Misleading misalignmentsThe extent of any existing yuan misalignment is indeed open to question, and reasonable people (and models) can disagree substantially. That's why to me it makes more sense to think about whether government intervention in the currency markets are acting to depress or prop up the value of a currency. If the current market value of a currency is only possible with government purchases or sales of the currency, then that is prima facie evidence that the current market exchange rate is somehow different from its free-market equilibrium rate.
“MISALIGNMENT” is all the rage. A new bill introduced into America's Senate proposes to punish countries where the exchange rate is found to be “fundamentally misaligned”... The bill, which is clearly aimed at China, follows a flurry of China-bashing proposals over the past year. But this one is different: it has widespread support and is likely to be passed before the end of this year.
Congress is hoping that it will be much easier to show that a currency is misaligned than manipulated. On June 13th, the day that this legislation was introduced, the Treasury decided yet again not to brand China a currency “manipulator” in its semi-annual report on exchange rates, but confidently declared that the yuan was “undervalued”. And on June 18th the IMF also announced a new framework for monitoring countries' exchange-rate policies. It will track indicators such as heavy foreign-exchange intervention and “fundamental exchange rate misalignment” in order to identify countries that are unfairly manipulating their currencies.
This activity is based on the widespread assumption that the Chinese yuan is hugely undervalued against the dollar. Yet the awkward truth is that it is almost impossible to be sure when a currency is misaligned, let alone by how much.
...There are three main ways of determining the “correct” value for a currency. The oldest is based on the theory of purchasing-power parity (PPP): the idea that, in the long run, exchange rates should equalise prices across countries (The Economist's Big Mac index is a crude version of this).
...A more popular definition of the fair value of a currency is the exchange rate that corresponds to a trade position considered “sustainable”. Thus China's large and rising current-account surplus is seen as hard evidence that the yuan is severely undervalued.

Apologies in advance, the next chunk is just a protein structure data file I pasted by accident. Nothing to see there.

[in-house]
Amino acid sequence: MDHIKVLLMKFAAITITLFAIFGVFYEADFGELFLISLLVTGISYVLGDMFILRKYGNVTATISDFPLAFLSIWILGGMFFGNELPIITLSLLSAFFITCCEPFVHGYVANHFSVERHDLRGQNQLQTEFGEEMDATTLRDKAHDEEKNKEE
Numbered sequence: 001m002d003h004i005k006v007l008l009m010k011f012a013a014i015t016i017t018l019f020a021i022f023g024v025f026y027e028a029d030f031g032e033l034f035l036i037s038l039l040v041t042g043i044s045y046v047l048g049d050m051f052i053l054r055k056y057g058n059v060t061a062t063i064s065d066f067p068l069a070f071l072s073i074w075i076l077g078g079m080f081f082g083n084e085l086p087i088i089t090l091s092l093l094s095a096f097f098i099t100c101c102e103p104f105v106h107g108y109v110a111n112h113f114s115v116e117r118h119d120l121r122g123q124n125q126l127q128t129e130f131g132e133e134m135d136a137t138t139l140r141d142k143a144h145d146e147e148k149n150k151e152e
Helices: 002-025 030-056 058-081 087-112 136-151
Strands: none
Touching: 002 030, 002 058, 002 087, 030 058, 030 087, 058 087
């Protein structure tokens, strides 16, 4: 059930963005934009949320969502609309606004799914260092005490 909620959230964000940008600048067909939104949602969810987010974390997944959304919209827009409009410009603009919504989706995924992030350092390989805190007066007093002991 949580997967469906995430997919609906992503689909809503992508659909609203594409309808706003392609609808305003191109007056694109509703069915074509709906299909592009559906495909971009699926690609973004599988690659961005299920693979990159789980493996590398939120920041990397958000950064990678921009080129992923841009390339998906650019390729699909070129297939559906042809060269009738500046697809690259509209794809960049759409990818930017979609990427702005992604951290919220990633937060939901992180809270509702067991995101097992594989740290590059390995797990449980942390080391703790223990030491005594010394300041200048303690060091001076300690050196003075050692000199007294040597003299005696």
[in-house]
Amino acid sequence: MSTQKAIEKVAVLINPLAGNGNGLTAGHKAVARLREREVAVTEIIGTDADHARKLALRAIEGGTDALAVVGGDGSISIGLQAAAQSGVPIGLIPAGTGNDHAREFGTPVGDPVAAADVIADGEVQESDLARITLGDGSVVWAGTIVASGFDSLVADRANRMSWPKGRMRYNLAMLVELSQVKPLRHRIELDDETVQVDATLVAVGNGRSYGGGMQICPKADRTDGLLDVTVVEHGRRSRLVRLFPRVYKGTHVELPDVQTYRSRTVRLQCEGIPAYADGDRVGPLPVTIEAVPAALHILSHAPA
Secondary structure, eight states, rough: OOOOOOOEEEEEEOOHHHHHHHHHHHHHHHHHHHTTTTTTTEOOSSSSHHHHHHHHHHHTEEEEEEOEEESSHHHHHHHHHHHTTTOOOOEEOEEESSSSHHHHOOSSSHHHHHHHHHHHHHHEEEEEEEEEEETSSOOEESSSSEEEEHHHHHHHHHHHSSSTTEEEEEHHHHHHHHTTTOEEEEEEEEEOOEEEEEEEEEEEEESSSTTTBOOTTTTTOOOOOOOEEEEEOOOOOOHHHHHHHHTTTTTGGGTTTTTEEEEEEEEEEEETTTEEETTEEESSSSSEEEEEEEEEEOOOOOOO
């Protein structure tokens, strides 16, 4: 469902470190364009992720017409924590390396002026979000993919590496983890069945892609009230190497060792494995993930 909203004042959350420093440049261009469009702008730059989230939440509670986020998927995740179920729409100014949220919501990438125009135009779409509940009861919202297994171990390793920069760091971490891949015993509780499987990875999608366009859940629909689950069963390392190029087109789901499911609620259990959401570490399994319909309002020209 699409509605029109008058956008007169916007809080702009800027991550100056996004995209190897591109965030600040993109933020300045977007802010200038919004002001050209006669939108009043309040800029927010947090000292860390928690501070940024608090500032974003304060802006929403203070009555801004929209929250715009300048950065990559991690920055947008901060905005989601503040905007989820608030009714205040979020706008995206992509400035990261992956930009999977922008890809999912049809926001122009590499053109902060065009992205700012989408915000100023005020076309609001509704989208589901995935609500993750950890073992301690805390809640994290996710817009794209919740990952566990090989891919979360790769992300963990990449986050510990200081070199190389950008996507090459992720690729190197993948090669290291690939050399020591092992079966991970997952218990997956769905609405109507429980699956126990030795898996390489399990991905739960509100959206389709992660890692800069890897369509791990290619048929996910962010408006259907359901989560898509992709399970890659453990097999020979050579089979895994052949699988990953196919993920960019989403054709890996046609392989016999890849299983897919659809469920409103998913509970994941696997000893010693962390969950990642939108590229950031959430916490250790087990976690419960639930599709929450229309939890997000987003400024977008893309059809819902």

...Stephen Jen of Morgan Stanley prefers a third method of calculating the fair value of a currency: the so-called behavioural equilibrium exchange rate. This does not attempt to define long-term economic equilibrium. Instead it analyses which economic variables, such as productivity growth, net foreign assets and the terms of trade, seem to have determined an exchange rate in the past, and then uses the current values of those variables to estimate a currency's correct value.
Morgan Stanley uses no fewer than 13 models to value currencies... [According to these models,] the yen might be anything between 18% overvalued and 29% undervalued, depending on which model you trust. But nine of the 13 models signal undervaluation, with the median value suggesting the yen is 15% too cheap—the weakest currency in the chart. What about the yuan? Morgan Stanley uses only four models to estimate the yuan's fair value, of which the median valuation suggests it is only 1% undervalued against the dollar—not the answer Congress wants. Another surprise is that most other emerging Asian currencies now look overvalued.
None of these numbers should be taken as precise, but two conclusions follow. The first is that, in theory at least, there is a stronger case for declaring Japan's currency to be misaligned than China's. It is bizarre that the weakest currency is the yen, when Japan is the world's largest net creditor and had faster GDP growth than either America or the euro area in the first quarter. The problem, says Mr Jen, is that traditional models for estimating the fair value of currencies still focus mainly on the real economy, but increased cross-border investment flows (based partly on nominal interest-rate differentials) are now much more important. The second awkward conclusion is that the highly subjective nature of assessing currency misalignment will make it very hard for America or the IMF to agree on whether a currency is out of line.
That is slightly different from saying that it is different from some sort of "fundamental" or "fair" exchange rate, because market participants may still bid the price of a currency away from that underlying rate, but it's a lot easier to conceptualize and measure.